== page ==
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L. Monico, K. H. Janssens, C. Miliani, B. G. Brunetti, M. Vagnini, F. Vanmeert, G. Falkenberg, A. M. Abakumov, Y. Lu, H. Tian, J. Verbeeck, M. Radepont, M. Cotte, E. Hendriks, M. Geldof, L. Van der Loeff, J. Salvant and M. Menu, "The Degradation Process of Lead Chromate in paintings by Vincent van Gogh studied by means of Spectromicroscopic methods. Part III: Synthesis, characterization and detection of different crystal forms of the chrome yellow pigment", Analytical Chemistry, 85, 851-859 (2013).

 

The painter, Vincent van Gogh, and some of his contemporaries frequently made use of the pigment chrome yellow that is known to show a tendency toward darkening. This pigment may correspond to various chemical compounds such as PbCrO4 and PbCr1-xSxO4, that may each be present in various crystallographic forms with different tendencies toward degradation. Investigations by X-ray diffraction (XRD), mid-Fourier Transform infrared (FTIR), and Raman instruments (benchtop and portable) and synchrotron radiation-based micro-XRD and X-ray absorption near edge structure spectroscopy performed on oil-paint models, prepared with in-house synthesized PbCrO4 and PbCr1-xSxO4, permitted us to characterize the spectroscopic features of the various forms. On the basis of these results, an extended study has been carried out on historic paint tubes and on embedded paint microsamples taken from yellow-orange/pale yellow areas of 12 Van Gogh paintings, demonstrating that Van Gogh effectively made use of different chrome yellow types. This conclusion was also confirmed by in situ mid-FTIR investigations on Van Gogh’s Portrait of Gauguin (Van Gogh Museum, Amsterdam).

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L. Monico, G. Van der Snickt, K. Janssens, W. De Nolf, C. Miliani, J. Dik, M. Radepont, E. Hendriks, M. Geldof and M. Cotte, "Degradation Process of Lead Chromate in Paintings by Vincent van Gogh Studied by Means of Synchrotron X-ray Spectromicroscopy and Related Methods. 2. Original Paint Layer Samples", Analytical Chemistry, 83, 1224-1231 (2011).

 

The darkening of the original yellow areas painted with the chrome yellow pigment (PbCrO4, PbCrO4·xPbSO4, or PbCrO4·xPbO) is a phenomenon widely observed on several paintings by Vincent van Gogh, such as the famous different versions of Sunflowers. During our previous investigations on artificially aged model samples of lead chromate, we established for the first time that darkening of chrome yellow is caused by reduction of PbCrO4 to Cr2O3·2H2O (viridian green), likely accompanied by the presence of another Cr(III) compound, such as either Cr2(SO4)3·H2O or (CH3CO2)7Cr3(OH)2 [chromium(III) acetate hydroxide]. In the second part of this work, in order to demonstrate that this reduction phenomenon effectively takes place in real paintings, we study original paint samples from two paintings of V. van Gogh. As with the model samples, in view of the thin superficial alteration layers that are present, high lateral resolution spectroscopic methods that make use of synchrotron radiation (SR), such as microscopic X-ray absorption near edge (μ-XANES) and X-ray fluorescence spectrometry (μ-XRF) were employed. Additionally, μ-Raman and mid-FTIR analyses were carried out to completely characterize the samples. On both paint microsamples, the local presence of reduced Cr was demonstrated by means of μ-XANES point measurements. The presence of Cr(III) was revealed in specific areas, in some cases correlated to the presence of Ba(sulfate) and/or to that of aluminum silicate compounds.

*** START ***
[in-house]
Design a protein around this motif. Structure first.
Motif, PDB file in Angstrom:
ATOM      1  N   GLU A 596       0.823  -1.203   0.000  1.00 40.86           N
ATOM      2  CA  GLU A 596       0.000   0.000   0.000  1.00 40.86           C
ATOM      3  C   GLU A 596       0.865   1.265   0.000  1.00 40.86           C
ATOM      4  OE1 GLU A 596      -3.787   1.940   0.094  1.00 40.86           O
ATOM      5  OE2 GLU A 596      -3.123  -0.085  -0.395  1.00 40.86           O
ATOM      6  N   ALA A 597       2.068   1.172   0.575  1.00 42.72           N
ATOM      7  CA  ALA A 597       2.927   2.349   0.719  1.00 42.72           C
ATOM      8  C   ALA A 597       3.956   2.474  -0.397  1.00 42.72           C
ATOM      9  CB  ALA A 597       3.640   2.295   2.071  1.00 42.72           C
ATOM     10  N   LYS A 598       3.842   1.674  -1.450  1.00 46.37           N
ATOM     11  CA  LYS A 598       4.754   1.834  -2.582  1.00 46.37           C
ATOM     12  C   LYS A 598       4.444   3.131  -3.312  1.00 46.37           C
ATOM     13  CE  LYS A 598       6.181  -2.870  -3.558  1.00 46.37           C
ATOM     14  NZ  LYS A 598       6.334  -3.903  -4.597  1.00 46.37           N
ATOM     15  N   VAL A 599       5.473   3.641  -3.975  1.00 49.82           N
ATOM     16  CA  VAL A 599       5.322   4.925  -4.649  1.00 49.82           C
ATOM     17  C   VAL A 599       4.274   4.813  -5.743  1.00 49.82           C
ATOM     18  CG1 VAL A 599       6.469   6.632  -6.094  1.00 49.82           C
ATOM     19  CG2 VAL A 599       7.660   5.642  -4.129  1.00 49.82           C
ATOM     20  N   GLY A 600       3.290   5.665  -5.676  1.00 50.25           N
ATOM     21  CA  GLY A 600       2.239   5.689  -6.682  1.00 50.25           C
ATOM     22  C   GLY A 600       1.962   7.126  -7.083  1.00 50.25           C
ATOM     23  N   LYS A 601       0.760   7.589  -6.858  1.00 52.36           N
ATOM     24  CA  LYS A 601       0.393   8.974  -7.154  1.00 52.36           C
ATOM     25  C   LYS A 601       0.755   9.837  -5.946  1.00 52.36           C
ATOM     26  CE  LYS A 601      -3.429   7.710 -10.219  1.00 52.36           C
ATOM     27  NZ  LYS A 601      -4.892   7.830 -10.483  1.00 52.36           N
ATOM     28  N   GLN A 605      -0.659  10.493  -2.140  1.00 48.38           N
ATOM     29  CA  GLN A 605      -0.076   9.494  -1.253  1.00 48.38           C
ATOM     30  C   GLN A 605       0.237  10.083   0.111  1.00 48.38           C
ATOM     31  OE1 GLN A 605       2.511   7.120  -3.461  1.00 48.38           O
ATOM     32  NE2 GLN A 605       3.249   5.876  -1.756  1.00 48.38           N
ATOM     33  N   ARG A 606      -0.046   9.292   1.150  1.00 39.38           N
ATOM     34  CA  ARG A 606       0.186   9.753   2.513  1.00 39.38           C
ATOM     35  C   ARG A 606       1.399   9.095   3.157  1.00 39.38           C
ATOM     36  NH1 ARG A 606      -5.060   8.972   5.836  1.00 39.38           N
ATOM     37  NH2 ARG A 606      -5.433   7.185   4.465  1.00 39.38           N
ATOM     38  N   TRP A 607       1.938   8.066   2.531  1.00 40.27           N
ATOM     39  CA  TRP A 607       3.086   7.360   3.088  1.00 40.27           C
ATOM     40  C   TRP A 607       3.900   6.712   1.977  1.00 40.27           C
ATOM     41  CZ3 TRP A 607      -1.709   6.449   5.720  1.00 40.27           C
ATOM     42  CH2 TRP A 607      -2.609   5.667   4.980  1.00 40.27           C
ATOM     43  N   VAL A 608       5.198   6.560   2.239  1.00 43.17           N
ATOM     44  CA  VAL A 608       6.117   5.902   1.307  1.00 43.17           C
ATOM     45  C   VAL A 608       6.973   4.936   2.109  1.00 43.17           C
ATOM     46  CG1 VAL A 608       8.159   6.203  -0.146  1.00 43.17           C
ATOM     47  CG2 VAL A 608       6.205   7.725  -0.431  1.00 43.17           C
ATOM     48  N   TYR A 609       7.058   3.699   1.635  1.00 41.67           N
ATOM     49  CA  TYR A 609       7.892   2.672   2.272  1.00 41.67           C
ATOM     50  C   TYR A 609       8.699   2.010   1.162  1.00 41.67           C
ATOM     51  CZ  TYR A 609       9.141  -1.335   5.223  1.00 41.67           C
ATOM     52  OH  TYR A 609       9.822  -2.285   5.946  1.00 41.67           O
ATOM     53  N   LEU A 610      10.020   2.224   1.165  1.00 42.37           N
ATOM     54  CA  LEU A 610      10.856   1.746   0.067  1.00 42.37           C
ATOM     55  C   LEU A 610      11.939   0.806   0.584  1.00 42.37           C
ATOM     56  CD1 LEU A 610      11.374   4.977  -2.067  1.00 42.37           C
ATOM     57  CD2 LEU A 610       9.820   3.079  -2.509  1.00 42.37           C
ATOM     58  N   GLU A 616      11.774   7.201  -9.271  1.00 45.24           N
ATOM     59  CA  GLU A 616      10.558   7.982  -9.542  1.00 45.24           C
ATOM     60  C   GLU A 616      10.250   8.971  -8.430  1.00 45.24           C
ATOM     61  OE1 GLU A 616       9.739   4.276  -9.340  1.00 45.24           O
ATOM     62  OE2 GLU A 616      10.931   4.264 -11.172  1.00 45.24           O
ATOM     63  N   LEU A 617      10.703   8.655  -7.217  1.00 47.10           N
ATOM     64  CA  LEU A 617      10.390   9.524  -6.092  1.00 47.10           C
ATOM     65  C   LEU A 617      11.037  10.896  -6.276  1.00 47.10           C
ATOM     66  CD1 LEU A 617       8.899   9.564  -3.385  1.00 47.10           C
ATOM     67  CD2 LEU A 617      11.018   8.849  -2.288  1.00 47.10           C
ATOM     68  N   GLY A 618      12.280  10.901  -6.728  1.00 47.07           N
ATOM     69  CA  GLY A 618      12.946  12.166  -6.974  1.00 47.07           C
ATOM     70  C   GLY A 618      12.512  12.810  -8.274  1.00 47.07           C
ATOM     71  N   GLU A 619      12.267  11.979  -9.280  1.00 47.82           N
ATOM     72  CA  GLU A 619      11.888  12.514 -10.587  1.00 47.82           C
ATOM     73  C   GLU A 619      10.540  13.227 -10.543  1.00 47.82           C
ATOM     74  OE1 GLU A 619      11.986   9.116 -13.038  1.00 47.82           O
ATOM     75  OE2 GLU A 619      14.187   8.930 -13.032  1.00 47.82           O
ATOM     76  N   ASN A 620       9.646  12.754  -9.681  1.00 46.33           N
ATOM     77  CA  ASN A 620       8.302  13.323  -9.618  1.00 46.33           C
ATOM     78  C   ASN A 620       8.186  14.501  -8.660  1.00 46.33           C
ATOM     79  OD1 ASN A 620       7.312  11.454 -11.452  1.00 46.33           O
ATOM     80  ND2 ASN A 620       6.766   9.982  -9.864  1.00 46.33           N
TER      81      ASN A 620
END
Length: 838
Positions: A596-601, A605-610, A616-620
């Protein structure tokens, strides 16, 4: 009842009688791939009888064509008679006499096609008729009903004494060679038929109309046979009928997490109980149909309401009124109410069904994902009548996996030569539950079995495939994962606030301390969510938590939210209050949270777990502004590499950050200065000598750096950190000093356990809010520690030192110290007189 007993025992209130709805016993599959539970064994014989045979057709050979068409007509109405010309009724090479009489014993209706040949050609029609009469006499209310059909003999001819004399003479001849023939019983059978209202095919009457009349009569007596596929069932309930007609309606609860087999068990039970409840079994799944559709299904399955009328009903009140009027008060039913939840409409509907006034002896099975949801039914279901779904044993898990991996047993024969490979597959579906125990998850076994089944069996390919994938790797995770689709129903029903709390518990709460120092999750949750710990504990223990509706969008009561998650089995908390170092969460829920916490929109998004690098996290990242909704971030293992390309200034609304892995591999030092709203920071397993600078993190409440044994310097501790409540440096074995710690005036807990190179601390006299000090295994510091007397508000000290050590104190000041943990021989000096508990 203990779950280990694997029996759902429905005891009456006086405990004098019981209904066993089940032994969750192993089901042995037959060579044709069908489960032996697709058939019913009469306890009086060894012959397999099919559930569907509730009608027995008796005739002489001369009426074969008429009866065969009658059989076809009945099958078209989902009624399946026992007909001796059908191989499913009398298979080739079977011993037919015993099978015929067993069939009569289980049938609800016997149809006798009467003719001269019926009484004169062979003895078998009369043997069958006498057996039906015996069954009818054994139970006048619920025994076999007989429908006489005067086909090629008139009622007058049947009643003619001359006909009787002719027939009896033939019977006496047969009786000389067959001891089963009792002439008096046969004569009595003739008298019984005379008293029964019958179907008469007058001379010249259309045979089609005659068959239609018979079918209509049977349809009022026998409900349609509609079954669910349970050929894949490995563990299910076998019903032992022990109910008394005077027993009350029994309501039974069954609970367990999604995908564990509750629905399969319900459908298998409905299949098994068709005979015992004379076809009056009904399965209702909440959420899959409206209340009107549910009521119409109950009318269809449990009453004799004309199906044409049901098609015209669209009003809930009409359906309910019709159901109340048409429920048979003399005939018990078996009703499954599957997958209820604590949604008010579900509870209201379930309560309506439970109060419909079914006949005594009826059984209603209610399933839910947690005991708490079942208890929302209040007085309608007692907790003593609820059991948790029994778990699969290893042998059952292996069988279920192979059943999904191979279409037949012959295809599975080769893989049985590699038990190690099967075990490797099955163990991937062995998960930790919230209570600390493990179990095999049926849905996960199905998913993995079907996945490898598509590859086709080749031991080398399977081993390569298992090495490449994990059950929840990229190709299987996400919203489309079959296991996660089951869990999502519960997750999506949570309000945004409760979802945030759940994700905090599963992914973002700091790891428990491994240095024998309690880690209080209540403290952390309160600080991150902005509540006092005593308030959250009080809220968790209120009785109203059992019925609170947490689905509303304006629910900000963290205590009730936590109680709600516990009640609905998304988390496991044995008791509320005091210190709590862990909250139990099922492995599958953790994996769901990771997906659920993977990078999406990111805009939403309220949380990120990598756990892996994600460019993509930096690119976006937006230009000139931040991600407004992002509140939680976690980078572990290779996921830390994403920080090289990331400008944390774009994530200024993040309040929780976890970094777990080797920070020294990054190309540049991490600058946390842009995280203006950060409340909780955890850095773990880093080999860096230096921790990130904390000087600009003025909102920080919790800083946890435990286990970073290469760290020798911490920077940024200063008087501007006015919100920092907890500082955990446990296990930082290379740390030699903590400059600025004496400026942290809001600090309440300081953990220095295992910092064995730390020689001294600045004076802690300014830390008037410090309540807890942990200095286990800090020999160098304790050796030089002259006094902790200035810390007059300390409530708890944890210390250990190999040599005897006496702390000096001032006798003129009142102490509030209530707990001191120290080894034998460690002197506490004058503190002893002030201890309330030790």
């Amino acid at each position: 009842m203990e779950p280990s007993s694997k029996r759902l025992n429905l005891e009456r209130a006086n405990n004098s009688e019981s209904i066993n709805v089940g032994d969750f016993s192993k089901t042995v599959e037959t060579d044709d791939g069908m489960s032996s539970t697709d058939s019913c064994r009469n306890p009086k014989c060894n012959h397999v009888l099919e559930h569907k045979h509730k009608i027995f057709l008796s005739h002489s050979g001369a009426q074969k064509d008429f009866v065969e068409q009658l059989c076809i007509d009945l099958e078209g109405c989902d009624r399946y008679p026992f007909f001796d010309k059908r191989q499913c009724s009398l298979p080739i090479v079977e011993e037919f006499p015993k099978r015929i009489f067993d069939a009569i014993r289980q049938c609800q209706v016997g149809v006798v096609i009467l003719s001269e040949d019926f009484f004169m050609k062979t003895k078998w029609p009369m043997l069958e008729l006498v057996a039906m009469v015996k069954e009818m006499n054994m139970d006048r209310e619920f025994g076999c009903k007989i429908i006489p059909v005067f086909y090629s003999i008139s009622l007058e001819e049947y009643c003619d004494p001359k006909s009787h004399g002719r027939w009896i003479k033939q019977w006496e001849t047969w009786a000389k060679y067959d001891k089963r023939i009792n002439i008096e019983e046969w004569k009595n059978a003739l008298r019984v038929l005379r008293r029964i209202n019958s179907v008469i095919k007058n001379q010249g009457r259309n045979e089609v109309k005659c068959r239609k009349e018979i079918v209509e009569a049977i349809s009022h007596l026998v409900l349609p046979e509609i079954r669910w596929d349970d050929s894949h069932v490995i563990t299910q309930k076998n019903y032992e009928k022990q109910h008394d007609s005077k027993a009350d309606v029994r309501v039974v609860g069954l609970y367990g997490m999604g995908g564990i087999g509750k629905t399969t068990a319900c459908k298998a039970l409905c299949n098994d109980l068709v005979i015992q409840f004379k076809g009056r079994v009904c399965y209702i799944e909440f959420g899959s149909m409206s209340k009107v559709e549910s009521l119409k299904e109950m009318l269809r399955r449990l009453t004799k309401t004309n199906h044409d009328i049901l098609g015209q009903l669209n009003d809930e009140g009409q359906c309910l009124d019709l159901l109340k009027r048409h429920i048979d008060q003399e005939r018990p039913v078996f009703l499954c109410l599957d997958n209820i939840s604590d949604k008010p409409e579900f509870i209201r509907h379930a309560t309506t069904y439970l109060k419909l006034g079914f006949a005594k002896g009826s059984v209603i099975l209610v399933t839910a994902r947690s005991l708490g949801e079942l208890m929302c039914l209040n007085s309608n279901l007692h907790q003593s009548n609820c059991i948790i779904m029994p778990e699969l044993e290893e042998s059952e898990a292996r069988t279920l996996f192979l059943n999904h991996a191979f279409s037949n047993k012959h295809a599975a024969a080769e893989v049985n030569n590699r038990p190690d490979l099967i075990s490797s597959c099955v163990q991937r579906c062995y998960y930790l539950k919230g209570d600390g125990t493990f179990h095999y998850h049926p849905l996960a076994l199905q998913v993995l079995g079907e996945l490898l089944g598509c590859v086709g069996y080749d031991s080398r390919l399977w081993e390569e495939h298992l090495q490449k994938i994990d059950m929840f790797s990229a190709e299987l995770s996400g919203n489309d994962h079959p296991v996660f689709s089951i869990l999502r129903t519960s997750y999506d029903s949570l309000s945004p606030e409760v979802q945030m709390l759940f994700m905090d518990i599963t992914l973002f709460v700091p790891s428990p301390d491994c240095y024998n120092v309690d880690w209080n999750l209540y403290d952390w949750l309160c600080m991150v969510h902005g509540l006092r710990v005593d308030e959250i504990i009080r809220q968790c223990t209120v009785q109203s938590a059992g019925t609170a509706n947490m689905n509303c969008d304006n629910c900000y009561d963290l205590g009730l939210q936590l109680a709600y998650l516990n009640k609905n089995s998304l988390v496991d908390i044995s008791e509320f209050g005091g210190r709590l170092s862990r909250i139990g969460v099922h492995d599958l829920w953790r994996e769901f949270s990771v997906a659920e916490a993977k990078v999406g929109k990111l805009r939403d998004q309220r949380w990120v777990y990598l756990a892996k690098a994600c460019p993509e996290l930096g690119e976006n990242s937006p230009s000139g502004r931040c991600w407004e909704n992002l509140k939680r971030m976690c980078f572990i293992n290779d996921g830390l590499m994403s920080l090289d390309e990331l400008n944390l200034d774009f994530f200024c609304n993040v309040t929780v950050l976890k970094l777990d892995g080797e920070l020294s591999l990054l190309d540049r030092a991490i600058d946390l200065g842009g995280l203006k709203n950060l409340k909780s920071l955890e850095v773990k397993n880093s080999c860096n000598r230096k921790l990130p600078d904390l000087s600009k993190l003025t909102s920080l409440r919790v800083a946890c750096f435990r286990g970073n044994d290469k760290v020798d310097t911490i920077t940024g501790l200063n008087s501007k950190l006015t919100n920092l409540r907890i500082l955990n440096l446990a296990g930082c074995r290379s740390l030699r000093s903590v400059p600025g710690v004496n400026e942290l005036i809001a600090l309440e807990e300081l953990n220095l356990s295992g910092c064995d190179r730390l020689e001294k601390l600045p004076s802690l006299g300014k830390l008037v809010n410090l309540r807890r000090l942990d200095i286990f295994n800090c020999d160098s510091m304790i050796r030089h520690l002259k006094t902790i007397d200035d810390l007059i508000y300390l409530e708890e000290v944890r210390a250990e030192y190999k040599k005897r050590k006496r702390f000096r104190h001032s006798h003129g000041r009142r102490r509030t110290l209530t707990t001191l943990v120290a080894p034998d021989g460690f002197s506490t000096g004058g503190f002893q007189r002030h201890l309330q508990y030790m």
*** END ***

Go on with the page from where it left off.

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L. Monico, G. Van der Snickt, K. Janssens, W. De Nolf, C. Miliani, J. Verbeeck, H. Tian, H. Tan, J. Dik, M. Radepont and M. Cotte, "Degradation Process of Lead Chromate in Paintings by Vincent van Gogh Studied by Means of Synchrotron X-ray Spectromicroscopy and Related Methods. 1. Artificially Aged Model Samples", Analytical Chemistry, 83, 1214-1223 (2011).

 

On several paintings by artists of the end of the 19th century and the beginning of the 20th Century a darkening of the original yellow areas, painted with the chrome yellow pigment (PbCrO4, PbCrO4·xPbSO4, or PbCrO4·xPbO) is observed. The most famous of these are the various Sunflowers paintings Vincent van Gogh made during his career. In the first part of this work, we attempt to elucidate the degradation process of chrome yellow by studying artificially aged model samples. In view of the very thin (1−3 μm) alteration layers that are formed, high lateral resolution spectroscopic methods such as microscopic X-ray absorption near edge (μ-XANES), X-ray fluorescence spectrometry (μ-XRF), and electron energy loss spectrometry (EELS) were employed. Some of these use synchrotron radiation (SR). Additionally, microscopic SR X-ray diffraction (SR μ-XRD), μ-Raman, and mid-FTIR spectroscopy were employed to completely characterize the samples. The formation of Cr(III) compounds at the surface of the chrome yellow paint layers is particularly observed in one aged model sample taken from a historic paint tube (ca. 1914). About two-thirds of the chromium that is present at the surface has reduced from the hexavalent to the trivalent state. The EELS and μ-XANES spectra are consistent with the presence of Cr2O3·2H2O (viridian). Moreover, as demonstrated by μ-XANES, the presence of another Cr(III) compound, such as either Cr2(SO4)3·H2O or (CH3CO2)7Cr3(OH)2 [chromium(III) acetate hydroxide], is likely.